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NASA fixes gyroscope of Hubble space telescope: Here’s how they did it

NASA Hubble space telescope operations: How NASA fixed the operational glitch on Earth's first operational space-based optical telescope

NASA Hubble telescope, Hubble space telescope glitch, NASA Hubble operations, Hubble telescope findings, Great Observer space probes, NASA space telescopes, Hubble lauunch date, NASA Hubble timeline
NASA confirmed recently that its most famous space telescope, the Hubble, is back to regular operation. (Image Source: NASA)

NASA’s famous space telescope Hubble faced some gyroscope trouble recently, though the space agency appears to have fixed the problem. However, more tests will be needed before Hubble telescope is restored to its regular science operations.

Hubble is the world’s first space-based optical telescope, which was launched in 1990. The problem was detected with the backup gyroscope on October 5. NASA had to turn this on after the first gyroscope failed. When the spacecraft was originally launched, it had six gyroscopes in total and three are needed to work in ideal conditions, though it can manage with one as well. In the 2009 servicing mission, astronauts had replaced all six of the gyroscopes.

It has been reported that NASA simply turned the gyroscope on and off in order to fix things, but when it comes to the Hubble Space telescope things are not so simple. The US space agency had to do a lot more than just turning this on and off to fix the problem.

Here’s what happened with NASA’s Hubble telescope and how the problem was eventually fixed.

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NASA Hubble telescope, Hubble space telescope glitch, NASA Hubble operations, Hubble telescope findings, Great Observer space probes, NASA space telescopes, Hubble lauunch date, NASA Hubble timeline
Since then, the Hubble space telescope has made five servicing missions, the last of which occurred in May 2009. (Image Source: NASA)

NASA Hubble space telescope: What was the problem?

The Hubble space telescope had a problem with one of its three remaining gyroscopes on October 5. When the backup gyroscope was brought into operation, it was noticed that this was sending back extremely high rotation rates to the Hubble computer.

A gyroscope on Hubble helps keep a track of the speeds at which the spacecraft is turning, but high rotation rate could not have been accurate. On the Hubble, the gyroscope has a wheel, which is mounted in a sealed cylinder called the float. The wheel is spinning at constant rate of 19,200 revolutions per minute, according to information shared by the space agency.

The float or the sealed cylinder is then placed inside a thick fluid (motor-oil like thickness) and electricity is sent to the motor by thin wires. These wires are thinner than human hair, and immersed in the fluid. The electronics detect movement of the axis of the wheel, and then send these rotations back to the Hubble central computer, explains NASA.

The accuracy of this data is crucial because NASA needs this to help Hubble “turn and lock on to new targets.” There’s no margin for error considering that the telescope is there for observation and gathering more data about the Universe.

NASA’s website further explains that there are two modes on the gyroscope: low and high. The former is needed for more precision, when spacecraft has locked onto a target and needs to stay still.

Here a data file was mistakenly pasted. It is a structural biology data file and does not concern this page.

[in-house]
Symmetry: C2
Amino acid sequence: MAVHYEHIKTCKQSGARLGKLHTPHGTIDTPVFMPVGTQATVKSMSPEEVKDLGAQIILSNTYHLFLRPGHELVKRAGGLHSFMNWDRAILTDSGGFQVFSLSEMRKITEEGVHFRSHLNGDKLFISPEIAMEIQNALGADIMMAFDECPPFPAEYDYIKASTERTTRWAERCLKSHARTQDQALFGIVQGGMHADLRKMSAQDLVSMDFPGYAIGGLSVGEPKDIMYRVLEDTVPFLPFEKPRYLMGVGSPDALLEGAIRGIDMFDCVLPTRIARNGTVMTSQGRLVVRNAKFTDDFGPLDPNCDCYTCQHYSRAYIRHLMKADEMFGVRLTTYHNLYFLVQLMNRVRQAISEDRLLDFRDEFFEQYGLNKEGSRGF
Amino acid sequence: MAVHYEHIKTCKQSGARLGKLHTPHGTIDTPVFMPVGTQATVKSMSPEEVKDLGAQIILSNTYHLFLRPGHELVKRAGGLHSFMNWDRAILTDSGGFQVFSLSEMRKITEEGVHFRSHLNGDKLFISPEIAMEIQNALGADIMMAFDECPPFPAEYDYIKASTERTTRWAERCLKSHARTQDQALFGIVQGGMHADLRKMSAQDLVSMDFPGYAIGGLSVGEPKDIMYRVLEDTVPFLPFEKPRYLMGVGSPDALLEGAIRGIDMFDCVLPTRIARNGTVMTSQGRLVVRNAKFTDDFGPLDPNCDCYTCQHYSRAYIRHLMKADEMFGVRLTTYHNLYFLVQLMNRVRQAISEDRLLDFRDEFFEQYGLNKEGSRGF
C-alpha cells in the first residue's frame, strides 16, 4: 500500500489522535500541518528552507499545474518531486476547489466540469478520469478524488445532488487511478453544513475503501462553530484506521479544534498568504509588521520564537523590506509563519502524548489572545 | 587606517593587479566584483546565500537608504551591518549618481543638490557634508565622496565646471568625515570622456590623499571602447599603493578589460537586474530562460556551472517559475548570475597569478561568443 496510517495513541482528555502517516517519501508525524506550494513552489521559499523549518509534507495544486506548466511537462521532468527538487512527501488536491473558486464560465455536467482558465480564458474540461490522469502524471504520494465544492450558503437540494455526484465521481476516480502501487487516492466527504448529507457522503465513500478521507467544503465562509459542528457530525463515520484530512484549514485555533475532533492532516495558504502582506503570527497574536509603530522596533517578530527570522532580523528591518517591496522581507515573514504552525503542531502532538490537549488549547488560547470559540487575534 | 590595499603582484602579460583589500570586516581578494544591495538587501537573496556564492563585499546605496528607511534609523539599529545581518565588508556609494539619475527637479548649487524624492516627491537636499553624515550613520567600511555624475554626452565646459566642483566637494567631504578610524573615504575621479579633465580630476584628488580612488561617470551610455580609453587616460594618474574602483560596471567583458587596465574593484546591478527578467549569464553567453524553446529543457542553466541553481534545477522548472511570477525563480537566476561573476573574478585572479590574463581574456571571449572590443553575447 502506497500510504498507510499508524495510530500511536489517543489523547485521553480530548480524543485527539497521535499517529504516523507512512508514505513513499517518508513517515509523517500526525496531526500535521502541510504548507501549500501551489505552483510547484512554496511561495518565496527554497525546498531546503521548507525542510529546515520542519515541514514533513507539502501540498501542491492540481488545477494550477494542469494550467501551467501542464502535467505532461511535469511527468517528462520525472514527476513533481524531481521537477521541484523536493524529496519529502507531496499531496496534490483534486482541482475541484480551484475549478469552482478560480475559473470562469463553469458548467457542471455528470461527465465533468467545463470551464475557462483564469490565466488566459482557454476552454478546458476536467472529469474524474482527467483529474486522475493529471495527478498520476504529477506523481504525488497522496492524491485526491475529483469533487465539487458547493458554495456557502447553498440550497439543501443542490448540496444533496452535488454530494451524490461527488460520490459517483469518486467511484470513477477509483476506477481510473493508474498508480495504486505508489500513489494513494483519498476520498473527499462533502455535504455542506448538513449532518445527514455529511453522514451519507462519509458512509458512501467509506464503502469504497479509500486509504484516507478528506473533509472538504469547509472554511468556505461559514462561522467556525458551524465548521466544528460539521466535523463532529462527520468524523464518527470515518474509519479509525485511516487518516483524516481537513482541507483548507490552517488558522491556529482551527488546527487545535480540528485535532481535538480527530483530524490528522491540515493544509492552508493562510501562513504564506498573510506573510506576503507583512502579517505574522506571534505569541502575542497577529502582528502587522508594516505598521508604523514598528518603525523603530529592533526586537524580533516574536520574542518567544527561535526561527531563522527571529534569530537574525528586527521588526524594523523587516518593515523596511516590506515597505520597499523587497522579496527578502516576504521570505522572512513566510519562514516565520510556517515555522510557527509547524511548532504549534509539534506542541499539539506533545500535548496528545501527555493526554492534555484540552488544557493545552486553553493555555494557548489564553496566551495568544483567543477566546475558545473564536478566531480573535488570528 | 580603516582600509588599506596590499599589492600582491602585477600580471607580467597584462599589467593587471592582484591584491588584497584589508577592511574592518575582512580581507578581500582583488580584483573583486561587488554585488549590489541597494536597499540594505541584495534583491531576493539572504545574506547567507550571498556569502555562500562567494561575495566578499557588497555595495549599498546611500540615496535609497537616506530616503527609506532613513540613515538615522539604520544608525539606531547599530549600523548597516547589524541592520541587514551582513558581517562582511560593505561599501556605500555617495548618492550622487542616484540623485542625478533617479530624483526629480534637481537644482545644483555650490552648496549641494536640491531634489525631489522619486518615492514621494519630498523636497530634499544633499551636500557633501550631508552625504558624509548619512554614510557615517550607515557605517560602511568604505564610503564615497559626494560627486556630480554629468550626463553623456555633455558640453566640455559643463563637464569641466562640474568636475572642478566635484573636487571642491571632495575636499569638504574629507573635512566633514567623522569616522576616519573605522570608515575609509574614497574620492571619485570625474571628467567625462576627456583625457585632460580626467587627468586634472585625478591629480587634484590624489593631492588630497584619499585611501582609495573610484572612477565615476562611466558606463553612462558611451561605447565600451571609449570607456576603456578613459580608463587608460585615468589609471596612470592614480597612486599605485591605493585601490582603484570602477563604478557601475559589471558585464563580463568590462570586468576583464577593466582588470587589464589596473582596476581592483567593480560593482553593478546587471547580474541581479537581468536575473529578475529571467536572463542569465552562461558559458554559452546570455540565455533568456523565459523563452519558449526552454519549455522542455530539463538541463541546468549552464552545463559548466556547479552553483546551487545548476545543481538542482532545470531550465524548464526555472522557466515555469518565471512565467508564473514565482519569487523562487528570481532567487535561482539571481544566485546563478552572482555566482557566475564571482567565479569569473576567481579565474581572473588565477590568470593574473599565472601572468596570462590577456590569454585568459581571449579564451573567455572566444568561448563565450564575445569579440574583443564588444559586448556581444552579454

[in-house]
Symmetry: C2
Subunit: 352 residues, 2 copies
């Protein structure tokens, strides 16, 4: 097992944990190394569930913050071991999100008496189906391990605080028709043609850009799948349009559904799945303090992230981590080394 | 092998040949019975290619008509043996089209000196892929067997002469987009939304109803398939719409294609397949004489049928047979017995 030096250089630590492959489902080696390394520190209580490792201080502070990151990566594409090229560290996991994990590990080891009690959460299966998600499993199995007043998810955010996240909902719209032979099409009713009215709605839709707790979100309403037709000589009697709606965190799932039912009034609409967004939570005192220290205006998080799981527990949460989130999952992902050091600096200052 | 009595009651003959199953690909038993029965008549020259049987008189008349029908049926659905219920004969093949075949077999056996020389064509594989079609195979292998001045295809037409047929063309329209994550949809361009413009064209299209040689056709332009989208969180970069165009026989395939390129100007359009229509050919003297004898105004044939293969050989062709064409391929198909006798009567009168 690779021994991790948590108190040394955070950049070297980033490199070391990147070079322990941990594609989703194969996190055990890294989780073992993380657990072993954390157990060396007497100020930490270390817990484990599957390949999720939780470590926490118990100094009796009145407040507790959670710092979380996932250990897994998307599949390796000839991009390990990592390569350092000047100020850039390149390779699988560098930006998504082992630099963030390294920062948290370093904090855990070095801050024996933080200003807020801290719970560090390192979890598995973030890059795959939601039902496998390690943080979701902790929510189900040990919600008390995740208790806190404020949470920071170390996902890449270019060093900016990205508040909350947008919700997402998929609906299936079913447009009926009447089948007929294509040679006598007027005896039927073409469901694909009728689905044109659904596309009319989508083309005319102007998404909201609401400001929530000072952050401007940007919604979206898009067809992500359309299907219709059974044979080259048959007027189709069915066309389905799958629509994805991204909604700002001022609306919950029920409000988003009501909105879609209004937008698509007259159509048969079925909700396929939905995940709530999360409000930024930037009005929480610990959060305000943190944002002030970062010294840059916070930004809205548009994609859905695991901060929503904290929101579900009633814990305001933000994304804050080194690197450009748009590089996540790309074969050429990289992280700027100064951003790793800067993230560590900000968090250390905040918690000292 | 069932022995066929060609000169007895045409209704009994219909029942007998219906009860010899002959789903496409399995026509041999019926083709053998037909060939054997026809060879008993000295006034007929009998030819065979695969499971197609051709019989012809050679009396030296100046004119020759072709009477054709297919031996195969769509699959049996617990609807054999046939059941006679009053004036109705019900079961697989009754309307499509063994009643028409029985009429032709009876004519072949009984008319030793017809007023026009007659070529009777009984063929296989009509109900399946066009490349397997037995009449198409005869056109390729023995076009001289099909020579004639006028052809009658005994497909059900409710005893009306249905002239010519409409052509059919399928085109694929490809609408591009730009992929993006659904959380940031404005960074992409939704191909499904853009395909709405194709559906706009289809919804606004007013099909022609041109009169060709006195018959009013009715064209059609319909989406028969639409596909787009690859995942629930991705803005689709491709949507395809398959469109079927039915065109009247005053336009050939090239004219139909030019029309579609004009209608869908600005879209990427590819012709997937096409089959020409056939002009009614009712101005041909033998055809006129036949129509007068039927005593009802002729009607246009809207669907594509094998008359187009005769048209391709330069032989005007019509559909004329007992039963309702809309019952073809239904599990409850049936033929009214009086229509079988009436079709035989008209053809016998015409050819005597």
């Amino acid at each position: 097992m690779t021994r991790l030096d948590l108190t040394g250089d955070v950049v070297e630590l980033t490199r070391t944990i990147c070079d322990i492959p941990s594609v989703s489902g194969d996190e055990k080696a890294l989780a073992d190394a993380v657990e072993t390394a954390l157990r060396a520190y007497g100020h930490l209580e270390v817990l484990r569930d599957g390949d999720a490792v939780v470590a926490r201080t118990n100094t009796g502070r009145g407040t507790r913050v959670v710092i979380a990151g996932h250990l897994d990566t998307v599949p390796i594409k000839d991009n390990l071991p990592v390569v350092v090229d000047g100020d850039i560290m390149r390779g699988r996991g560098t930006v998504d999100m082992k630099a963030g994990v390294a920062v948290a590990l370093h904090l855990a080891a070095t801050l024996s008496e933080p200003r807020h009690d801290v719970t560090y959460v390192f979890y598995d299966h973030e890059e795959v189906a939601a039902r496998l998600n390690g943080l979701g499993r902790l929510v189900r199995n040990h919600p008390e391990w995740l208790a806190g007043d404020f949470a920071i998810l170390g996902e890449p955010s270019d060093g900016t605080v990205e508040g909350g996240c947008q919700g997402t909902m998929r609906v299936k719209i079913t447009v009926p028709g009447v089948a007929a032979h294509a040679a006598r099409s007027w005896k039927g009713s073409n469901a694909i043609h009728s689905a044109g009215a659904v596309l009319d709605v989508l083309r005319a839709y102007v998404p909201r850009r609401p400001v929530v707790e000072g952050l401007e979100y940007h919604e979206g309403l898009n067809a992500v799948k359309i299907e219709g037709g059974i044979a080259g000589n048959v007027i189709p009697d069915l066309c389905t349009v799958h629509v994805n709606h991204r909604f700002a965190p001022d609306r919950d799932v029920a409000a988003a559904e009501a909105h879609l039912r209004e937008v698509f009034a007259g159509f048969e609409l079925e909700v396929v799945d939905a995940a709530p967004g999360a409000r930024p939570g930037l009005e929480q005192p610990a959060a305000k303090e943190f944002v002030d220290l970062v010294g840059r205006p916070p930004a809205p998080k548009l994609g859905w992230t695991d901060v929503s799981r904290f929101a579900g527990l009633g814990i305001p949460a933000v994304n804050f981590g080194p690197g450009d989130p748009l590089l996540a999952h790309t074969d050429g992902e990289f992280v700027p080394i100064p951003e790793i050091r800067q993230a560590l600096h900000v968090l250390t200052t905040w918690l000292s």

Hubble Space telescope: So how did NASA fix the problem?

NASA did try turning the gyro off and then restarting it, but that did not solve the problem. This was first done on October 16. NASA explains they turned the “gyro off for one second, and then restarted it before the wheel spun down.” This was done to clear any faults that may have taken place in the startup process, according to the website.

The backup gyroscope has only been turned on after nearly 7.5 years, since the first gyroscope was doing the job. However, restarting this one did not fix the problem.

Then on October 18, the Hubble telescope did turns in the opposite directions. This was to clear any blockage around the float of the backup gyro. This is the sealed cylinder placed in fluid.

The gyro was also switched from high to low mode to clear any blockage around the float. That appeared to result in some reduction of the high-rate of rotations, according to NASA. But it took some more efforts and “additional maneuvers and gyro mode switches” on October 19, which finally sorted the problem.

However, NASA’s press release does state that while the rotation rates have reduced, they will need to do more tests to make sure that Hubble can return to science operations with this gyro.

NASA Hubble space telescope: Launch date, objectives and findings

Hubble is the first space telescope developed by the US space agency. It is named after Edwin Hubble, an astronomer from Pasadena, California, who built one of the world’s largest telescopes from the Mt Wilson Observatory in the 1920s.

The Hubble spacecraft is made up of a pair of optical mirrors that detect light from various sources. The Hubble telescope has a total length of 13.2m, with a maximum diameter of 4.2m. It weighed over 11 tons at the launch, with a weight of around 12.25 tons after its servicing missions.

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Hubble was launched in April 24, 1990 by the Discovery space shuttle. NASA’s Hubble space telescope has made over 1.3 million sightings of celestial objects. The spacecraft is managed and operated by NASA’s Goddard Space Flight Center, which is located Greenbelt, Maryland in the US.